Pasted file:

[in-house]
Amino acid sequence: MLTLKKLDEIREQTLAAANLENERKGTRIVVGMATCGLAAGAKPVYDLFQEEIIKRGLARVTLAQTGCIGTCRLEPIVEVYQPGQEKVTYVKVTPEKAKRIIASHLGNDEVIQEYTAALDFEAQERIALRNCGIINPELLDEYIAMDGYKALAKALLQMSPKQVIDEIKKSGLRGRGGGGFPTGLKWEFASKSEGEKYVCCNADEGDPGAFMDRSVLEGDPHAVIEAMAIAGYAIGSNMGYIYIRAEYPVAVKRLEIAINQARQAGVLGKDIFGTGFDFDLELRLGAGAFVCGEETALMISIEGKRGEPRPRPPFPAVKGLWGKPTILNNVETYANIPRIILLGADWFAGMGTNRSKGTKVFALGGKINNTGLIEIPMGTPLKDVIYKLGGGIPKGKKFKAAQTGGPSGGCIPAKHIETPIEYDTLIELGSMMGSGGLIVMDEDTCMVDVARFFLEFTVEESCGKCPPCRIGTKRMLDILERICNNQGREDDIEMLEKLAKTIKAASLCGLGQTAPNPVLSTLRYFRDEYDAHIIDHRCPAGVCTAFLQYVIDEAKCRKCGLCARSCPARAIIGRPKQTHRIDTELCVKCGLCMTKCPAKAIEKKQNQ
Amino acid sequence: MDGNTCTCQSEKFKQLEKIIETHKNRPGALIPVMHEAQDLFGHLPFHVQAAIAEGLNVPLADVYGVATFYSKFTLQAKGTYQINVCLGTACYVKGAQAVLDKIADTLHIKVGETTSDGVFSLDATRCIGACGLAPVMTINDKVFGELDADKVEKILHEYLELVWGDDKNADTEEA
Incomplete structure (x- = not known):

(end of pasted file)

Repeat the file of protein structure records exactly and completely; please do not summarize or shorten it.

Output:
[in-house]
Amino acid sequence: MLTLKKLDEIREQTLAAANLENERKGTRIVVGMATCGLAAGAKPVYDLFQEEIIKRGLARVTLAQTGCIGTCRLEPIVEVYQPGQEKVTYVKVTPEKAKRIIASHLGNDEVIQEYTAALDFEAQERIALRNCGIINPELLDEYIAMDGYKALAKALLQMSPKQVIDEIKKSGLRGRGGGGFPTGLKWEFASKSEGEKYVCCNADEGDPGAFMDRSVLEGDPHAVIEAMAIAGYAIGSNMGYIYIRAEYPVAVKRLEIAINQARQAGVLGKDIFGTGFDFDLELRLGAGAFVCGEETALMISIEGKRGEPRPRPPFPAVKGLWGKPTILNNVETYANIPRIILLGADWFAGMGTNRSKGTKVFALGGKINNTGLIEIPMGTPLKDVIYKLGGGIPKGKKFKAAQTGGPSGGCIPAKHIETPIEYDTLIELGSMMGSGGLIVMDEDTCMVDVARFFLEFTVEESCGKCPPCRIGTKRMLDILERICNNQGREDDIEMLEKLAKTIKAASLCGLGQTAPNPVLSTLRYFRDEYDAHIIDHRCPAGVCTAFLQYVIDEAKCRKCGLCARSCPARAIIGRPKQTHRIDTELCVKCGLCMTKCPAKAIEKKQNQ
Amino acid sequence: MDGNTCTCQSEKFKQLEKIIETHKNRPGALIPVMHEAQDLFGHLPFHVQAAIAEGLNVPLADVYGVATFYSKFTLQAKGTYQINVCLGTACYVKGAQAVLDKIADTLHIKVGETTSDGVFSLDATRCIGACGLAPVMTINDKVFGELDADKVEKILHEYLELVWGDDKNADTEEA
Incomplete structure (x- = not known):